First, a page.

The Effort to Encourage Ethanol
Ethanol production will grow in coming years for many reasons. Why? Because the law demands it.
The Energy Independence and Security Act of 2007 (EISA) sets mandates for making and using ethanol. The act also includes targets for solar, wind and coal energy production. Its goal is to reduce the amount of energy resources that the United States must import to meet its needs.
However, the attention to ethanol has also raised the ire of environmentalists and some leaders of international organizations who say ethanol production demand for corn is contributing to global hunger. New York Times columnist Paul Krugman has literally demonized ethanol, taking aim in a column that blamed ethanol production for food riots taking place around the world.
"Where the effects of bad policy are clearest, however, is in the rise of demon ethanol and other biofuels," Krugman wrote. He added, "Land used to grow biofuel feedstock is land not available to grow food, so subsidies to biofuel are a major factor in the food crisis. You might put it this way: People are starving in Africa so that American politicians can court votes in farm states" [source: Krugman].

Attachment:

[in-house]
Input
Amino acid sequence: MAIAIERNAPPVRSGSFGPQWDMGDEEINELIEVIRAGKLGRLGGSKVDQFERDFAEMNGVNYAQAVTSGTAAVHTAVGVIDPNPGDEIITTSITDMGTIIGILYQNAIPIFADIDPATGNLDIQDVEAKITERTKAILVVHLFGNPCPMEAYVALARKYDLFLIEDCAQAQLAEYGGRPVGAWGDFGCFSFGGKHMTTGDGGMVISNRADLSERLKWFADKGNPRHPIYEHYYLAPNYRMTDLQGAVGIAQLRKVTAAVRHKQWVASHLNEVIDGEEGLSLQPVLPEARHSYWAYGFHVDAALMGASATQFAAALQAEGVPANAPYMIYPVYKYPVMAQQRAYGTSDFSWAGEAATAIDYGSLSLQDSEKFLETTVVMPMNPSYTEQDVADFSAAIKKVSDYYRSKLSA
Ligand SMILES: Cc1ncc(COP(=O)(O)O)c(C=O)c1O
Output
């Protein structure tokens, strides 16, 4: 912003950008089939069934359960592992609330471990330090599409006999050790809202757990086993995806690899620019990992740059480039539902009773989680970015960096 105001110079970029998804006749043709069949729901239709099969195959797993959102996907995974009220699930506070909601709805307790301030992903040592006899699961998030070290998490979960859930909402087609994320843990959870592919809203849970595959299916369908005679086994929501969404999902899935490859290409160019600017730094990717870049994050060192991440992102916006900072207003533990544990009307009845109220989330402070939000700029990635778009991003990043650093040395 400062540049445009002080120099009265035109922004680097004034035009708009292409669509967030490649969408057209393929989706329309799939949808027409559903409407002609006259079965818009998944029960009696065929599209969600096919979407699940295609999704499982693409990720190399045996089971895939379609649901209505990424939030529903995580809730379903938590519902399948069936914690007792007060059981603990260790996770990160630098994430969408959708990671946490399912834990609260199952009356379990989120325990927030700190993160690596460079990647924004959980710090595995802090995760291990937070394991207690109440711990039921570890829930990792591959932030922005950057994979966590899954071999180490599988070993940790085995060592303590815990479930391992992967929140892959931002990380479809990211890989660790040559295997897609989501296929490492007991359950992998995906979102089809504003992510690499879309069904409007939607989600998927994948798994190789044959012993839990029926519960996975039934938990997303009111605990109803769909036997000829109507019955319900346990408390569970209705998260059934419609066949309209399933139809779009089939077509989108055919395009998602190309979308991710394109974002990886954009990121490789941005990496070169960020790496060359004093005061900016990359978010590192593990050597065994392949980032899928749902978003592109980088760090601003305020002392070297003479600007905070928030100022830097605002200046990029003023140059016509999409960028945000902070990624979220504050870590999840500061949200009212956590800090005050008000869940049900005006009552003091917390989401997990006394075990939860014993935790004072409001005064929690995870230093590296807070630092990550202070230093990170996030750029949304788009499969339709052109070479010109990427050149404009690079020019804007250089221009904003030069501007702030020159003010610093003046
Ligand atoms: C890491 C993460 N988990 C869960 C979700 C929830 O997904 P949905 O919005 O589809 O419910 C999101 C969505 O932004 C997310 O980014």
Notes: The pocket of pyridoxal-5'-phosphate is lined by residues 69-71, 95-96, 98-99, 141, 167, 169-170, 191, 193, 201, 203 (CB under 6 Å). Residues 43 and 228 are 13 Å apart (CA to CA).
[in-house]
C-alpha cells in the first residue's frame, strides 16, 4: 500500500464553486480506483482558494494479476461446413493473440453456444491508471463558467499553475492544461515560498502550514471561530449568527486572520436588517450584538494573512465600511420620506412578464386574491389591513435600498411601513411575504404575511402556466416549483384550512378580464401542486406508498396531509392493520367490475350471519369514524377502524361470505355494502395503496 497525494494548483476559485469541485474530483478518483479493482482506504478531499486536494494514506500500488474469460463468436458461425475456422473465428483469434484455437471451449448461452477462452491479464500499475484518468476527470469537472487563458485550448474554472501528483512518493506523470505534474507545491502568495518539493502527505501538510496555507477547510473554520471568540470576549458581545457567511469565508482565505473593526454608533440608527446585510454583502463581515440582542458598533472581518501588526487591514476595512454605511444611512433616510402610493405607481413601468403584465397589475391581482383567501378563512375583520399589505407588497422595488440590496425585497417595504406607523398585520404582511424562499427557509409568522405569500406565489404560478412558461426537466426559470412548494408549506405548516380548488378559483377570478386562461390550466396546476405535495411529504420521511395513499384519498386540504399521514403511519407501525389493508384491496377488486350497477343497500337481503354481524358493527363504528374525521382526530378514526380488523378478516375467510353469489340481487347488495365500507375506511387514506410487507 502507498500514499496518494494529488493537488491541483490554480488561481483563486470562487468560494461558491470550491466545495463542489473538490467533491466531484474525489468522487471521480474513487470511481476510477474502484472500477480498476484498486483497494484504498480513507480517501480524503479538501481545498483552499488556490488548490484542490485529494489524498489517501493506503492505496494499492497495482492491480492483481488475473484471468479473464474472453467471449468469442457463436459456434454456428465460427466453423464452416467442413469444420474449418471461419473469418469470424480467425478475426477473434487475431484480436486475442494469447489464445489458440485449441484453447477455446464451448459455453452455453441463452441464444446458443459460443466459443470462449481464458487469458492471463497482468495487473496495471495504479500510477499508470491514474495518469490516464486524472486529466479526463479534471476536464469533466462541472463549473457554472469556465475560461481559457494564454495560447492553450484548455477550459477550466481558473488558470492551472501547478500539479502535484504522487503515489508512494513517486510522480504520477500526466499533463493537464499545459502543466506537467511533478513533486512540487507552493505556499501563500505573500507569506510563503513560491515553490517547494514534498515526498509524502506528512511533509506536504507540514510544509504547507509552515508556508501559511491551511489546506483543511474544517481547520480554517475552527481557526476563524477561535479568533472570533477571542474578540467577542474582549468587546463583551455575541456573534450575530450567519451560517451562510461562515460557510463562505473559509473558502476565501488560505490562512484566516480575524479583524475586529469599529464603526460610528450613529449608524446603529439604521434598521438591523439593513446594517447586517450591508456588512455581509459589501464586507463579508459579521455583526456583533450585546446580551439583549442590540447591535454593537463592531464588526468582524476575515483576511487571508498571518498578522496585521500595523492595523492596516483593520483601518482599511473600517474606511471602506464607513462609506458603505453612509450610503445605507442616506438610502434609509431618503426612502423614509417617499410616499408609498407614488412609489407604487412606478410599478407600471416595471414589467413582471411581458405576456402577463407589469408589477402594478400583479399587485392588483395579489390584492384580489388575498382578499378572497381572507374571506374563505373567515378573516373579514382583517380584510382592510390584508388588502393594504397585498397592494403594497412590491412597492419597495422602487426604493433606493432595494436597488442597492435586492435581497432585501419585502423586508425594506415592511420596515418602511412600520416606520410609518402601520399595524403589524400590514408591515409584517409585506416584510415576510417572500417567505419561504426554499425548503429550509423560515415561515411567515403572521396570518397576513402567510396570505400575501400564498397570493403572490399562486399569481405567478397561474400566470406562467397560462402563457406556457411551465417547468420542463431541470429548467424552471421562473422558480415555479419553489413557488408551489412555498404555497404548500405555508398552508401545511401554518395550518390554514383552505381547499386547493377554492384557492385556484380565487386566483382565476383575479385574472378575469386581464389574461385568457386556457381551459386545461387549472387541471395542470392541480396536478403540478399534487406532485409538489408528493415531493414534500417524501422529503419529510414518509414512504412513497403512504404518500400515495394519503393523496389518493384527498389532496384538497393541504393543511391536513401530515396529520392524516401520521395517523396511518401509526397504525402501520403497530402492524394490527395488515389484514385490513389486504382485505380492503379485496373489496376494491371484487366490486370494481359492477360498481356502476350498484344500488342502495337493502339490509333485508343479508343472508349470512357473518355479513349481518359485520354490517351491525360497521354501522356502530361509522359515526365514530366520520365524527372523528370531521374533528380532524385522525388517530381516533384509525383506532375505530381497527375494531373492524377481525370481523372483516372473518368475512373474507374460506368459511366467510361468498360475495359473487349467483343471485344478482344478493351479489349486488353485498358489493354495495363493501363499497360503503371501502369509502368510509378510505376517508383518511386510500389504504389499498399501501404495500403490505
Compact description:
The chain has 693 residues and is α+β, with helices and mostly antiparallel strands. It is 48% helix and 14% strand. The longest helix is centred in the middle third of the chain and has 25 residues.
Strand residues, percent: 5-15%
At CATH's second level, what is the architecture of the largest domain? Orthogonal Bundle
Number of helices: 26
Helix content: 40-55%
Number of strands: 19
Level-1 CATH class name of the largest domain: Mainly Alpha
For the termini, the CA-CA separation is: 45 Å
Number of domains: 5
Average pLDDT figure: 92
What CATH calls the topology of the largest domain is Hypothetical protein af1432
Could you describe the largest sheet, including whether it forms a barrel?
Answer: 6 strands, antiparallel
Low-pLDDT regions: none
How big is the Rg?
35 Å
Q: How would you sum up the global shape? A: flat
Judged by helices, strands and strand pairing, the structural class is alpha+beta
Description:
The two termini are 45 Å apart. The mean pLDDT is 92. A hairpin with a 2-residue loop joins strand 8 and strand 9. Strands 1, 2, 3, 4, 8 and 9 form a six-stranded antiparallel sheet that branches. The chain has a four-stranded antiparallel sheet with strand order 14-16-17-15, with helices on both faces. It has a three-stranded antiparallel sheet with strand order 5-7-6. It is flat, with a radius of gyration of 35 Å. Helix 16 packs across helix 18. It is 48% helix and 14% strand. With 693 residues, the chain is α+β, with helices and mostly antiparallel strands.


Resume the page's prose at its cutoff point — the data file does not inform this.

More leading economists have come out against increased ethanol production. Economist Jeffrey D. Sachs railed against "the misguided policy in the U.S. and Europe of subsidizing the diversion of food crops to produce biofuels like corn-based ethanol" [source: Sachs]. Jean Ziegler, the U.N. Special Rapporteur for the Right to Food, went so far as to label biofuel production "a crime against humanity," for its role in raising global food prices [source: Cendrowicz].
Supporters of ethanol say such talk ignores the complex variables that determine food prices, of which cost of the actual grain (corn is a grain) is but a small portion. The National Corn Growers Association (NCGA) contends that there is plenty of food to feed the world. The problem is getting the food to where it's needed despite inadequate infrastructure or political unrest in nations where people are hungriest [source: National Corn Growers Association].
Corn happens to be the crop of choice in the United States when it comes to making ethanol, but it's not the only source that fuel producers can use. In fact, many agricultural products regarded as waste can be used for ethanol stock. Find out what they are on the next page.